Using wireless transmitters to create an ocean of radio frequency (RF) energy and to power remote devices have been a dream since Nikola Tesla invented wireless communications. Recently, wireless power technology has been embedded into a plethora of consumer electronics to improve device reliability and extend battery life. Soon enough, miniature wireless sensors adapting microwave energy harvesting modules for power will be located at spots where it would be otherwise inconvenient, such as, to change their batteries. These spots include locations inside human body, within the steel or concrete of buildings, and in the dangerous innards of chemical plants. However today, even the most robust nodes can be counted on to last only a few years due to the existence of a battery. Ideally, engineers need a sensor that can last forever without external power sources or battery changes. According to research presented in this dissertation that dream is now within reach.
While solar energy harvesting has been widely used for years to power remote devices, several other types of energy-harvesting approaches have also emerged for micropower applications including vibration, thermal, mechanical, and RF. Of these technologies, RF energy is the only one that can provide either intentional or ambient power source for batteryless applications. Thanks to mobile and Wi-Fi networks, ambient RF energy is ubiquitous. Note that more than a million smartphones phones are activated every day, representing a large source of transmitters for RF energy harvesting. Moreover, when more power or more predictable energy is needed than what is available from ambient sources, RF energy can be broadcasted in unlicensed frequency bands.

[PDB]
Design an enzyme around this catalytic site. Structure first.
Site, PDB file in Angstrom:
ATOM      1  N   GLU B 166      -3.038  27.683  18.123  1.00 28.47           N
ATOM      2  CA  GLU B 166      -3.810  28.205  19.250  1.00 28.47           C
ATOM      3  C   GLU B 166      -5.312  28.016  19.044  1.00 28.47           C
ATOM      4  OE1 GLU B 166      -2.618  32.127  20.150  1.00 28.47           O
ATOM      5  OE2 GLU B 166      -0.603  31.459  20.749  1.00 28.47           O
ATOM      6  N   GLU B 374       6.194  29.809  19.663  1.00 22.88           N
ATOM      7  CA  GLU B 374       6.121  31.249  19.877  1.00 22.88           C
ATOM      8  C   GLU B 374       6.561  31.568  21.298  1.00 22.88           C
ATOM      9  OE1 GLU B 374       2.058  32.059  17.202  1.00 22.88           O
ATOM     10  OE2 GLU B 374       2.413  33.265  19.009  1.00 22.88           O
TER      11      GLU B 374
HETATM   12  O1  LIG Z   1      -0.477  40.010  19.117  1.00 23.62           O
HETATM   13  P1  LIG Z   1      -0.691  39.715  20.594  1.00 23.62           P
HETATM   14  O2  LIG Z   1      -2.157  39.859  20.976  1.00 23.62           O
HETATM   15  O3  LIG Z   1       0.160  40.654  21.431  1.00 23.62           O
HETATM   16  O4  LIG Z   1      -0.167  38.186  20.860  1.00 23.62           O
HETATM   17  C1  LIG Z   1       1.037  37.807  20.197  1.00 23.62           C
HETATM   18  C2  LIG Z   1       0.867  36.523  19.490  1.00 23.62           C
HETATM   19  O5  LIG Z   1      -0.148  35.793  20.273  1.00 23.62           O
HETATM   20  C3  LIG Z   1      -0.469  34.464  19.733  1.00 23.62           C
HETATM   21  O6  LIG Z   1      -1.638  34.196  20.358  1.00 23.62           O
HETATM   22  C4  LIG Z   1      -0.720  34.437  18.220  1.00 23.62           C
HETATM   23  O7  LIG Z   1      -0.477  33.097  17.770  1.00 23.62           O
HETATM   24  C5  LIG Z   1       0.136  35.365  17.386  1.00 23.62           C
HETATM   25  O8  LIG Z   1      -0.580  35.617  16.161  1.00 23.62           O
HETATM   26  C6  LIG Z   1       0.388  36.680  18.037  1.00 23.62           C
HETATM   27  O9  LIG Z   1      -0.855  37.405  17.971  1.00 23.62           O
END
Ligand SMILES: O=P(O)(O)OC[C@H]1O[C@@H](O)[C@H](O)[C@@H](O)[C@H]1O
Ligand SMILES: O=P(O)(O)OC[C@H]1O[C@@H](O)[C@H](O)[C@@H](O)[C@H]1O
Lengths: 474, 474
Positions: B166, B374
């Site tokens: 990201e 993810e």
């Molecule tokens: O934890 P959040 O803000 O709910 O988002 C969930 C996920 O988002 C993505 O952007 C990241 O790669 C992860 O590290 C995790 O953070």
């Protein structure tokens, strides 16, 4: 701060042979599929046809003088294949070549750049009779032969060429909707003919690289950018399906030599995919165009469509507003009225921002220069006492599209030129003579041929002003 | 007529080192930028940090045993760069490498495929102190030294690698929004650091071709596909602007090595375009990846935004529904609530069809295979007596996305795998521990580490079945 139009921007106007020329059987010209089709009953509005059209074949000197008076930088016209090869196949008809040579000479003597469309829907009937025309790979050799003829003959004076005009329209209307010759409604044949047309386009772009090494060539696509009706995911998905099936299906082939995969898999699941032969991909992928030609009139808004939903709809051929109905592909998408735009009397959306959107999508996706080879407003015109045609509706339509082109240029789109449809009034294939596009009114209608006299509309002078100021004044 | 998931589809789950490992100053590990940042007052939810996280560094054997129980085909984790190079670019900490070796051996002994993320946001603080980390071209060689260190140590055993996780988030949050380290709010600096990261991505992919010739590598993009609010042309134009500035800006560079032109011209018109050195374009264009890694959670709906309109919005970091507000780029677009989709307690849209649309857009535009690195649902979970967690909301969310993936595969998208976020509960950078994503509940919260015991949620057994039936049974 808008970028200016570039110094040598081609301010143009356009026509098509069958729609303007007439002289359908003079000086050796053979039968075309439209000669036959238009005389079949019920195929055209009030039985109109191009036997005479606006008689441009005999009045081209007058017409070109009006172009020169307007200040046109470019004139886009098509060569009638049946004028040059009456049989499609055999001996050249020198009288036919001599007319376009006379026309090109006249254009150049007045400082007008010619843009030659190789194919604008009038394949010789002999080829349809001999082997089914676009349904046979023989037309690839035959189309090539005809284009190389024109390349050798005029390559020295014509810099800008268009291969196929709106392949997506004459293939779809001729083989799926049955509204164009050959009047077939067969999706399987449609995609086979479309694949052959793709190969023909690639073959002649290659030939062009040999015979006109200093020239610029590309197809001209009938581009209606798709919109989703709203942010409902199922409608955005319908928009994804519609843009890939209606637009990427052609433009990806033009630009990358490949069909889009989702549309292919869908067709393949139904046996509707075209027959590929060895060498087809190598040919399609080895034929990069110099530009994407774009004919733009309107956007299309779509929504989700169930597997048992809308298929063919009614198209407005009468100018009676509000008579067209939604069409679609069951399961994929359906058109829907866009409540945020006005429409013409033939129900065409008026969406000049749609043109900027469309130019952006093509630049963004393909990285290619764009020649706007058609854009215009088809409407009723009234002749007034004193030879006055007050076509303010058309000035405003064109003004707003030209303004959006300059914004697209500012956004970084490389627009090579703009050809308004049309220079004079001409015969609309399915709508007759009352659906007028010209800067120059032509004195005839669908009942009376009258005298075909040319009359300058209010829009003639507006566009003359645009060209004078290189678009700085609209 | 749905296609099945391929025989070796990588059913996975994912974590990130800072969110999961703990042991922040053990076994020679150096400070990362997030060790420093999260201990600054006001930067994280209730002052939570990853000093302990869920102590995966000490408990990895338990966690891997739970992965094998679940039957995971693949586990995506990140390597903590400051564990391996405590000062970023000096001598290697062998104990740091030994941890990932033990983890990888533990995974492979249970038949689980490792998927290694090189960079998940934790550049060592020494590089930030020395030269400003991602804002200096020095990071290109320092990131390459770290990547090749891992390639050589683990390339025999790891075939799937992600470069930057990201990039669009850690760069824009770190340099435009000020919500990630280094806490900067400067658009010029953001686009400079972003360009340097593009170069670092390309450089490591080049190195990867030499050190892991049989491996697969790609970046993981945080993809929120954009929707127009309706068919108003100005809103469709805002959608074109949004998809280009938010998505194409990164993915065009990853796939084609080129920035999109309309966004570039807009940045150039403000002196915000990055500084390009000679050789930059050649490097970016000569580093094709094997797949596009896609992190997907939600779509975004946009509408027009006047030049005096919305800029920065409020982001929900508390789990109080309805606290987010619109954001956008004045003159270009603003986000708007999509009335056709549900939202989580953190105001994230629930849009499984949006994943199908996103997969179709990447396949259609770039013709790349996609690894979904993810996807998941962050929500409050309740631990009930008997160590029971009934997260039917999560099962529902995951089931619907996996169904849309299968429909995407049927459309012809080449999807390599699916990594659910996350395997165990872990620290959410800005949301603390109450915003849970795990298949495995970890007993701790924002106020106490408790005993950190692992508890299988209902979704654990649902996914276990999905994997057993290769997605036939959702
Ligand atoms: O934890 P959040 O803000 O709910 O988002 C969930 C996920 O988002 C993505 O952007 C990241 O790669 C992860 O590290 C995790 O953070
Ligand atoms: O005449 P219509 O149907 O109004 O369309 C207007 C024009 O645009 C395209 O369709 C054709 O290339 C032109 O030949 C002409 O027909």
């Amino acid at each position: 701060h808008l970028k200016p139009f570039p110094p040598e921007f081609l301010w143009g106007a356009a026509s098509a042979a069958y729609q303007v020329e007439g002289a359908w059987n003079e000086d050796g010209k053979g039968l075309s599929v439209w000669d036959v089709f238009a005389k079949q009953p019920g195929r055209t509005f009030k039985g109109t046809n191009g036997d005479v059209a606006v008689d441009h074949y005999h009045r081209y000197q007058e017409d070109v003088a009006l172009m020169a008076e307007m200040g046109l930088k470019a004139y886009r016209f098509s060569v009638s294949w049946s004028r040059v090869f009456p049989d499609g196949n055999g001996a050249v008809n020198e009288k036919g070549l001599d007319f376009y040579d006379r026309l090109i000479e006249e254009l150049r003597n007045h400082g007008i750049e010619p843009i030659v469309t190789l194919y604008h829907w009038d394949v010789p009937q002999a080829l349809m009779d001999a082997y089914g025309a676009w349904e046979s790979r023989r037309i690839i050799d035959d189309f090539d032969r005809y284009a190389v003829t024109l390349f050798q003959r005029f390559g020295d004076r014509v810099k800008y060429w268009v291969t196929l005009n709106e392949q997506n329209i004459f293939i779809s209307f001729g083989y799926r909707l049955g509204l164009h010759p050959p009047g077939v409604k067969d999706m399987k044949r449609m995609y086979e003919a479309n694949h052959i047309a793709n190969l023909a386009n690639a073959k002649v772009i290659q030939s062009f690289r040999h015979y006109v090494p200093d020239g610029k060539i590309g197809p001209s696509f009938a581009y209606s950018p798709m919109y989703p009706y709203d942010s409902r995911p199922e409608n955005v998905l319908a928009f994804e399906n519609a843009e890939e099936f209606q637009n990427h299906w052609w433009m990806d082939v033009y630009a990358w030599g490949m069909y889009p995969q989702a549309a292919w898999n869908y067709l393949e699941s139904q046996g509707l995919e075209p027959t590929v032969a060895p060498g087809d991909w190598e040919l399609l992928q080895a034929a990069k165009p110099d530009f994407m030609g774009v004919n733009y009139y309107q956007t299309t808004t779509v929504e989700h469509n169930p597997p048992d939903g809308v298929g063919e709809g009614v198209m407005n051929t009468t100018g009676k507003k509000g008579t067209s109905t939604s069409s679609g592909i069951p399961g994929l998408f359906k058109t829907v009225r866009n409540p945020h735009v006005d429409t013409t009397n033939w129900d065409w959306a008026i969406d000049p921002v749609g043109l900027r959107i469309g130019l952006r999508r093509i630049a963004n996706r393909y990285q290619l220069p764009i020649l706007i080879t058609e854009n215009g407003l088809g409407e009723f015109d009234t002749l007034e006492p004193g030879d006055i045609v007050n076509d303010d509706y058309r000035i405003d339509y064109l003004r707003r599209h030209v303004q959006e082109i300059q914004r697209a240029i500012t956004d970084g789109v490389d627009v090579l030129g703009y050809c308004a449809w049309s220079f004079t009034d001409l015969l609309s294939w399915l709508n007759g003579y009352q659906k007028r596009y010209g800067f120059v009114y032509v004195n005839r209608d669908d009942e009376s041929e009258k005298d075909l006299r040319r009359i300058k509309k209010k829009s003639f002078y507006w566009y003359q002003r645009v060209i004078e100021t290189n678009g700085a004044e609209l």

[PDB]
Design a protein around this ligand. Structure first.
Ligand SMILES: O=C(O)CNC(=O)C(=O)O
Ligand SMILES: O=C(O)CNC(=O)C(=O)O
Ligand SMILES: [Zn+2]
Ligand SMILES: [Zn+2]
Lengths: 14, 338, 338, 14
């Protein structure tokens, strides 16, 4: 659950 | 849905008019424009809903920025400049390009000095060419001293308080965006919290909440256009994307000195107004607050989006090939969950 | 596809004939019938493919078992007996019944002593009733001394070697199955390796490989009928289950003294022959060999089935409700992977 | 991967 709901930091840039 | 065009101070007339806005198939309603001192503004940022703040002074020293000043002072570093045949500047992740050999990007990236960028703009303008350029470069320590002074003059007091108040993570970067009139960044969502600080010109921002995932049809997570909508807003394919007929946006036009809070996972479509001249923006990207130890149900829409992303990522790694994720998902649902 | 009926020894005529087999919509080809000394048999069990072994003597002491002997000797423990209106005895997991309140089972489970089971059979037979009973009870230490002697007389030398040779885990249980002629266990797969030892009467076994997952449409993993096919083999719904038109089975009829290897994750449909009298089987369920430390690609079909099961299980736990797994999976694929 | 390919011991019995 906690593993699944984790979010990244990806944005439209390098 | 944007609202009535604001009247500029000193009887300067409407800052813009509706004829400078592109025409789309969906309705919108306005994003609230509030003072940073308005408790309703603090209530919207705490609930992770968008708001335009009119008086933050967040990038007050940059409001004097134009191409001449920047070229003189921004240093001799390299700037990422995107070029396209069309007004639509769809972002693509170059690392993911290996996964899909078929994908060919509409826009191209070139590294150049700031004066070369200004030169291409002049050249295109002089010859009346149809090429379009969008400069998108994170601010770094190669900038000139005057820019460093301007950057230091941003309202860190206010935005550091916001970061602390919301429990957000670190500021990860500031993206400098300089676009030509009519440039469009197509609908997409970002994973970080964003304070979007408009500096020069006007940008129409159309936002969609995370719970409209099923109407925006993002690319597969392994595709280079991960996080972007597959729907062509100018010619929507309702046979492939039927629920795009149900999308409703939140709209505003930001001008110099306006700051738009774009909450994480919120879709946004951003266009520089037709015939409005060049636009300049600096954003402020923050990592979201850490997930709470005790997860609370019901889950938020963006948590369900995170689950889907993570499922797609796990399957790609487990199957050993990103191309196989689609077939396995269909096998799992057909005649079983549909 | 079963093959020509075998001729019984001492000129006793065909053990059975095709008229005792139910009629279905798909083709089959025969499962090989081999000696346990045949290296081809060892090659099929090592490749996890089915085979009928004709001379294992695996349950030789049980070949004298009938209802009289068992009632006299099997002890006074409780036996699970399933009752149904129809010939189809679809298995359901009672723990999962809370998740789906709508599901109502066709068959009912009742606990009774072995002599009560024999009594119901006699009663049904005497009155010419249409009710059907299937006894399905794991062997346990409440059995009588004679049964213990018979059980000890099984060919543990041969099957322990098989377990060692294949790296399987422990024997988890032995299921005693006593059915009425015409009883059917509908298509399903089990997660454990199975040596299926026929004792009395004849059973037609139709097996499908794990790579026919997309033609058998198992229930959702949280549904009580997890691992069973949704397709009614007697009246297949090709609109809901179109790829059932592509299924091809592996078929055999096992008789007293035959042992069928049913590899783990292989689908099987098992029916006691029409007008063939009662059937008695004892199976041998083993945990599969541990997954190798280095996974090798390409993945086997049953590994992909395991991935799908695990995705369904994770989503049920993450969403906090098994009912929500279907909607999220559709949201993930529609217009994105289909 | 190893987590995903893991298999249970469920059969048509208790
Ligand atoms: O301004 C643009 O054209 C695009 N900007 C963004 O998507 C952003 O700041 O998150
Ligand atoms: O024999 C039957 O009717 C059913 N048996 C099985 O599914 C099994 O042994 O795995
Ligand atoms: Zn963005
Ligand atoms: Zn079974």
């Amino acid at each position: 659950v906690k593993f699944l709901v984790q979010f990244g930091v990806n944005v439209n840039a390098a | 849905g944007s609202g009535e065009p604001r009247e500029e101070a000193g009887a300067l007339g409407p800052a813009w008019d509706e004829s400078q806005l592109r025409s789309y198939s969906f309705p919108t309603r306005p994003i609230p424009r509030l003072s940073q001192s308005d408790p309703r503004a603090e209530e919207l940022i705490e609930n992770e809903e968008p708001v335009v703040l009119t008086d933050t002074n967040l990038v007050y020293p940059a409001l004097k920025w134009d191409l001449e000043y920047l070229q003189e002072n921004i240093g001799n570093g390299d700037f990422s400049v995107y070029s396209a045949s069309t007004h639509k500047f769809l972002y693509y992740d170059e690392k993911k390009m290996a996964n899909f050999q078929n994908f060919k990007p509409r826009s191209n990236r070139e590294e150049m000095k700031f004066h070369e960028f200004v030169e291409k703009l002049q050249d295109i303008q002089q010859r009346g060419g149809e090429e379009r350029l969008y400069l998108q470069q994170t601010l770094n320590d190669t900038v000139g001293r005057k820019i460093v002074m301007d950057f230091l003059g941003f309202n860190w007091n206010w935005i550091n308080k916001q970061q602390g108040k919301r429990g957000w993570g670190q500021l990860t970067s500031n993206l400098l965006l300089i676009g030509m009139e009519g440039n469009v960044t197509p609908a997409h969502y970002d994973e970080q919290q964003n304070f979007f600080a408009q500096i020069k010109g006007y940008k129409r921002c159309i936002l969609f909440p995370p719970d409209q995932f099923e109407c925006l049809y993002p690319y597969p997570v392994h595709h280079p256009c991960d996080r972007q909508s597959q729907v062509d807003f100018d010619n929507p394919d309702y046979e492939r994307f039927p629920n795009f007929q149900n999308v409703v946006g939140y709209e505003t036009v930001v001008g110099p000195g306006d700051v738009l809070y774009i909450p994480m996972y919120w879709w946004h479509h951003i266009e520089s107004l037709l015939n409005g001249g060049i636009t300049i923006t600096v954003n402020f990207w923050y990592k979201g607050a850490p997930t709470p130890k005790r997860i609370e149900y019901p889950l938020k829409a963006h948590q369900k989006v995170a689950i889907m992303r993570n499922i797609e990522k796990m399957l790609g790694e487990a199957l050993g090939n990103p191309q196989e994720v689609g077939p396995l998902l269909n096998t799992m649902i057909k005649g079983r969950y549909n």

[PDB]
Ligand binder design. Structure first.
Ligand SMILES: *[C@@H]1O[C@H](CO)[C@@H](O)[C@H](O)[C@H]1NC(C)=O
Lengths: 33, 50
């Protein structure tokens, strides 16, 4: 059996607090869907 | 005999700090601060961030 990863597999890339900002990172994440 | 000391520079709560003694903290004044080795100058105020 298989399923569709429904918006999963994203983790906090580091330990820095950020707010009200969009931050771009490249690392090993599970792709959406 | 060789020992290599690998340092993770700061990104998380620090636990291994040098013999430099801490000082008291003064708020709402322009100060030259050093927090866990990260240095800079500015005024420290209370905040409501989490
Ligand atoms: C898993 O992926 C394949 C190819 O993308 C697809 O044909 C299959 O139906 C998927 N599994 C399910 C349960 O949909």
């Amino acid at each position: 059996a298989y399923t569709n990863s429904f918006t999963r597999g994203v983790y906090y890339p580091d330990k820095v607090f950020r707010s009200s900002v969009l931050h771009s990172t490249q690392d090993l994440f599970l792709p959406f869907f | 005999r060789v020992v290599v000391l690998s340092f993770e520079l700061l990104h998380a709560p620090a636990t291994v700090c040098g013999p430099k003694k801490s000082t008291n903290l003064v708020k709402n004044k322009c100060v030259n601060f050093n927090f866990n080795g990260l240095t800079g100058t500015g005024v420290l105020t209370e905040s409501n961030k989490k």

Of particular interest is the efficient harvesting of low power RF signals, which would possibly mean range improvements for dedicated microwave power transmission and considerably more DC power from ambient RF energy harvesting. Hence, in this dissertation, we propose a new class of microwave energy harvesting system which exhibits substantially improved conversion efficiency than the ones available off-the-shelf or in literature. The enhancement is due to novel rectifier circuits that can approach theoretical efficiency bounds by handling the best components on the market.
Although the developed energy harvester offers game-changing efficiency performance, maximum power supplied by a single module is usually not enough to energize most consumer electronics. Accordingly, a mathematical tool is presented to predict the optimal way of interconnecting multiple microwave energy harvesters. Subsequently, an energy harvesting array with nine elements is designed to power up a commercial thermometer and its LCD display using nothing more than ambient Wi-Fi signals in an office environment. In the end, the operational bandwidth of the designed ambient energy harvester is widened to include all cell phone bands and Wi-Fi to harvest more RF power from the environment.